Le Circuit Mont Tremblant – 22-23 July 2013

Since moving from Ottawa to Perth, the trip to Mont-Tremblant has become an hour longer, but I decided to make at least one trip up there because the track is a lot of fun to drive. Because I hadn’t been through the Rennsport Instructor Training program, I registered in the Black run group. I would simply drive and enjoy the trip. Before the 2012 season I had asked to be admitted to the program and twice my e-mails weren’t answered! In any case, I wasn’t prepared to commit to attending half of the Rennsport events, which is a prerequisite to be one of their instructors. In the future, if I’m asked to help out, I will gladly do so.

I left home around 2 o’clock, leaving 3-1/2 hours for the trip, through Ottawa and across the ferry at Cumberland. As planned, I arrived at the track before 5 o’clock and had to wait a few minutes for the day’s group to clear out so I could find a parking spot. As I was unloading, I said hello to a few old friends and got myself organized for the morning. Then I decided to drive by an old friend’s condominium on one of the golf course, to see if she was there. When I knocked on the door, I was greeted by a man! He knew my friend and had bought the condo from her. He also turned out to be a Porsche fan, so we talked quite a bit about our cars and experiences. After a pleasant visit, I went to my hotel and got settled.

The next day I met a number of old friends while waiting for the drivers’ meeting, including the Chief Instructor who hadn’t answered my e-mails. We chatted about various things, but he obviously wasn’t aware that I’d successfully completed the National Instructor program at the Glen and I didn’t bring it up. So I was able to drive in the Black group without controversy and had a great time, although the weather was quite hot. I had to watch my oil and cylinder head temperatures and take it easy in order to keep them under control. But the brakes were excellent.

At one point, while going through Turn 7, I heard a noise and my charging lamp came on. I slowed and made my way to the paddock, where I confirmed that the alternator belt had broken. Fortunately I always carry at least one spare, so I was able to change it quite easily – although I did drop one of the shims and had to borrow a magnet to retrieve it from below the pulley. The fellow who loaned it to me was a friend from Ottawa, who suffered a bigger problem around the same time. The clutch on his 944 let go, leaving him stranded without a ride. There was nothing to be done other than trailer or tow the car back to Ottawa. I offered to let him use my trailer and I would drive my car, but he had a CAA membership that would cover a flatbed tow, so he used that. It must have been an interesting drive home, because the flatbed driver didn’t speak English and my friend doesn’t speak French!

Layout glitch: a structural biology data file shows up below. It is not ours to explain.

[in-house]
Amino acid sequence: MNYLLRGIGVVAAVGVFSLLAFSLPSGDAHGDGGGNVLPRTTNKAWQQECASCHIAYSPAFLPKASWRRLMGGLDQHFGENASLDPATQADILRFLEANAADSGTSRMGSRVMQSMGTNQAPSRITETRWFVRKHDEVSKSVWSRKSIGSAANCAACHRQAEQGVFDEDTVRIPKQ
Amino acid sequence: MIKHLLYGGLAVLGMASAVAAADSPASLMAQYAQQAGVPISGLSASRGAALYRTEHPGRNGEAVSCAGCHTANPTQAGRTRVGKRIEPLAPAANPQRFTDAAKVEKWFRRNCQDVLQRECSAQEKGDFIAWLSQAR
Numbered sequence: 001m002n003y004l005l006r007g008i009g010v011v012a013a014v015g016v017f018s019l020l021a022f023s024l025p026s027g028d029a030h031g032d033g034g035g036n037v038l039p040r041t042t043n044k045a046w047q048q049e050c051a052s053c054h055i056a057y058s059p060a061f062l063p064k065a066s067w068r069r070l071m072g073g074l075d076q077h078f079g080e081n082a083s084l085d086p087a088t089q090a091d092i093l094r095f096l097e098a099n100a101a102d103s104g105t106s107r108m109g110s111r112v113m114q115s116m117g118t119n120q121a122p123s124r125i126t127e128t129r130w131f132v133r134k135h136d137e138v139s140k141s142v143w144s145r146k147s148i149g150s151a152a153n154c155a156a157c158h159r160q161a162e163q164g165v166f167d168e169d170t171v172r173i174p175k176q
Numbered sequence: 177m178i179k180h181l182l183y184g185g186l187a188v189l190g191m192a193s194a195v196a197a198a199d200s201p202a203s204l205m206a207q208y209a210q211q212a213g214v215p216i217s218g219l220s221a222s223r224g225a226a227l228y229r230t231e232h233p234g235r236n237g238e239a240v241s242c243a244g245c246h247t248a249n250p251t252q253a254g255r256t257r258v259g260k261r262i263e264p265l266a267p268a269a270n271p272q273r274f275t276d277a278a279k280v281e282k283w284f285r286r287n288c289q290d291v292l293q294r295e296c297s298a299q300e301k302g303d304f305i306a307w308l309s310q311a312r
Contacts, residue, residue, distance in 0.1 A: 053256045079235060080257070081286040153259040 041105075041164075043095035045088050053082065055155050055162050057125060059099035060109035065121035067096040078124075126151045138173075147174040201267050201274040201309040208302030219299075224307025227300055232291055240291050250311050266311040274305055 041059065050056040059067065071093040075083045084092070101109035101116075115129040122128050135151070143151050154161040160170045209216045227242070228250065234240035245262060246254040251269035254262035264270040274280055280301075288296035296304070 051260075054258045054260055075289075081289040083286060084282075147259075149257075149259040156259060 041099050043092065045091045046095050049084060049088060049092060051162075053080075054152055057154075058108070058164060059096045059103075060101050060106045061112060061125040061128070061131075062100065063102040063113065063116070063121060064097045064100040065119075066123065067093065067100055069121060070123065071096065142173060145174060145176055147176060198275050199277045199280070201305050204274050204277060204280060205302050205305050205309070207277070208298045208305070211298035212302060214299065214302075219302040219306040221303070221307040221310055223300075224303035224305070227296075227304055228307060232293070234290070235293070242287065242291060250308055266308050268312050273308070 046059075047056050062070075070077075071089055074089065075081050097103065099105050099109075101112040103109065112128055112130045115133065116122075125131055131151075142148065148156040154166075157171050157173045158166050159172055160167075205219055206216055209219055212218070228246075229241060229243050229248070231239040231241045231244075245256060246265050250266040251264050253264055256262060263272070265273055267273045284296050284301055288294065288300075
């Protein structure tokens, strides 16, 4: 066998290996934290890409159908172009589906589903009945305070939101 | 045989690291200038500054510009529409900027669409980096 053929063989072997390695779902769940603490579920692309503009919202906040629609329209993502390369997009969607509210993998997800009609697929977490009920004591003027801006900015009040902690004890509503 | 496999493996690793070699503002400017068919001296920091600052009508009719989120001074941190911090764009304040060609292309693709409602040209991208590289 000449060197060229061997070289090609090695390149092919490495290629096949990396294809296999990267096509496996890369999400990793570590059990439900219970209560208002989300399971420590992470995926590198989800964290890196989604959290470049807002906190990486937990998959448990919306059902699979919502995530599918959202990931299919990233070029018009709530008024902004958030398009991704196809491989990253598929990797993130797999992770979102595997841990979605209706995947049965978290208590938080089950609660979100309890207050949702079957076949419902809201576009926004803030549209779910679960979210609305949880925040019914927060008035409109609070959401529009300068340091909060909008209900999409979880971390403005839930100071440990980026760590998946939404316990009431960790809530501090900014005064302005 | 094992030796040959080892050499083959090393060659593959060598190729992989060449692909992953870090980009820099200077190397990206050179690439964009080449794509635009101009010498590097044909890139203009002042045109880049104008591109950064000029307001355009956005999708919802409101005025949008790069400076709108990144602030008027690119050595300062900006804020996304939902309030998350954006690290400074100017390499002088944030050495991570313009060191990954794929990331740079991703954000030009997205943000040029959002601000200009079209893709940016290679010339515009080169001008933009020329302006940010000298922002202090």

On the first day I hooked with a guy whom I think I met two years ago. He has a pristine white mid-80’s Carrera (maybe 87) with 226,000 km. It is bone stock, right down to the brake pads. He wanted to run together, so we started at the back on two stints and I followed him for lap or two, but I was clearly faster so he waved me by. He’s carrying a lot of weight in the interior (seats, stereo, speakers, spare tire, tool kit, etc) so he couldn’t keep up, except on the straights where he was using more rev’s. My lap times were about 6 seconds slower because of short-shifting, offset a bit by better brakes; but his were 7 seconds slower than mine. We talked a lot between stints about where I thought he was losing time, such as not carrying full throttle through 6 and 7 (after the apex) and braking early for 7, 8 and 10. He improved a bit, but without track pads, his braking was limiting. I was also going to play with another friend in her ’13 Boxster, but she was just too fast for me to keep up.

On the second day, I left before the last stint, since otherwise it would have been very late by the time I got home. I had to stop on the way home a couple of times, after going over the very rough roads in Mont Tremblant and a construction zone in Namur, to tighten the straps. Then in Kanata, after getting through very slow rush hour traffic around 6 o’clock, there was a very heavy thunderstorm, so I stopped again after the exit for Carleton Place to tighten the straps because they were soaked. I also need to stretch my legs because I started to get one of those deep leg cramps (in my left leg – the braking one), during the storm – very disconcerting.

It was an excellent event, with only about 100 cars. And the weather was perfect, if a little hot for the engine temperatures. Now I have only about 10 days to get ready for the Glen again, with a couple of Calabogie Lapping days thrown in for good measure.

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